[0007] Embodiments are presented for operating publicly accessible purchasing systems, including receiving, on a receipt date, from a purchaser, in a publicly accessible purchasing system, a deferred purchase request (“DPR”) for an item to be purchased; identifying a vendor; and issuing, in dependence upon the DPR, a purchase order to the vendor on a date subsequent to the receipt date. In some embodiments, a DPR includes an item identification for an item to be purchased, and identifying a vendor comprises identifying a vendor in dependence upon the item identification. Some embodiments include selecting a selected vendor in dependence upon vendor item prices. In some embodiments, selecting a selected vendor in dependence upon vendor item prices includes selecting a vendor having a lowest vendor item price for the item to be purchased.

[0008] Some embodiments include selecting a vendor in dependence upon a purchaser's indication of a maximum price, in dependence upon information in purchase orders previously issued to vendors, in dependence upon proximity of a vendor to a purchaser. Deferred purchasing systems according to the present invention implement data communication with purchasers and vendors through telecommunications, via Jain SLEE or Parlay environments, for example, and through web-based data communications via web pages.

[0009] The foregoing and other objects, features and advantages of the invention will be apparent from the following more particular descriptions of exemplary embodiments of the invention as illustrated in the accompanying drawings wherein like reference numbers generally represent like parts of exemplary embodiments of the invention.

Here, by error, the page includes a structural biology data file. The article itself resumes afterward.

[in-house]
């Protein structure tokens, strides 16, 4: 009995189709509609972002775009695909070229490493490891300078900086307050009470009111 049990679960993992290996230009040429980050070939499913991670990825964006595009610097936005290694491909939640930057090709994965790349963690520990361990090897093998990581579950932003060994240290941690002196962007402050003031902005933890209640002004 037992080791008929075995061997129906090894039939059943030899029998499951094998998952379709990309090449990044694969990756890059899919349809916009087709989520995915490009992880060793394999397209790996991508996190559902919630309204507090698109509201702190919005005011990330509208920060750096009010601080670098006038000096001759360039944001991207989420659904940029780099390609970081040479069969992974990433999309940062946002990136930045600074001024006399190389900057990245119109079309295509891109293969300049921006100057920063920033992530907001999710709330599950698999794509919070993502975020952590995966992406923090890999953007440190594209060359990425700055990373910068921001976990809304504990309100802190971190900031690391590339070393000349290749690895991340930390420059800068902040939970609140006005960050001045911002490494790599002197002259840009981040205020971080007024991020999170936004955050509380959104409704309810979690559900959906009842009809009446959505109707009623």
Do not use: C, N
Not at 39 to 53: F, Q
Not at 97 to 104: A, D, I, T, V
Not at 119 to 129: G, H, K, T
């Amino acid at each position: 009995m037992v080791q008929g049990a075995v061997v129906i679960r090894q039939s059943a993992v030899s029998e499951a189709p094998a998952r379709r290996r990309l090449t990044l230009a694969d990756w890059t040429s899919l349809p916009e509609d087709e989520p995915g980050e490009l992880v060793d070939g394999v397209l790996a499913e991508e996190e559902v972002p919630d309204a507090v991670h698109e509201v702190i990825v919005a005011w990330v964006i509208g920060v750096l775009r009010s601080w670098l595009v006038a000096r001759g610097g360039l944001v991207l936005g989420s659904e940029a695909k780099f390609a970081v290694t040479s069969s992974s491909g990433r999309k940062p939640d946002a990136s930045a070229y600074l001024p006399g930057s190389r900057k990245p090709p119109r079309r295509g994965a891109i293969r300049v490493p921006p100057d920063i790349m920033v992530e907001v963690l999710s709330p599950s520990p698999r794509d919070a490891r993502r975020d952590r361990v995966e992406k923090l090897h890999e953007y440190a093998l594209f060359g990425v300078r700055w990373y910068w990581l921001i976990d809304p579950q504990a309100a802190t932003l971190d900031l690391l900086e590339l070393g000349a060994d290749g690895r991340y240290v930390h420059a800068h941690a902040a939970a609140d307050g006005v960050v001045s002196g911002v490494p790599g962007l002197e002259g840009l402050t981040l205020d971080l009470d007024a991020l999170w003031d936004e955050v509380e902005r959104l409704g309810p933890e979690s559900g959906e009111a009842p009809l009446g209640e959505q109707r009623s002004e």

BRIEF DESCRIPTION OF THF DRAWINGS

[0010]FIG. 1 is a general process flow diagram illustrating a typical example embodiment of the present invention.

[0011]FIG. 2 is a general process flow diagram illustrating a typical example embodiment of the present invention.

[0012]FIG. 3 depicts an example of an embodiment of a table for deferred purchase requests.

[0013]FIG. 4 is a process flow diagram illustrating a purchaser notification aspect of typical example embodiments of the present invention.

[0014]FIG. 5 is a process flow diagram illustrating a vendor notification aspect of typical example embodiments of the present invention.

[0015]FIG. 6 is a process flow diagram illustrating a payment information verification aspect of typical example embodiments of the present invention.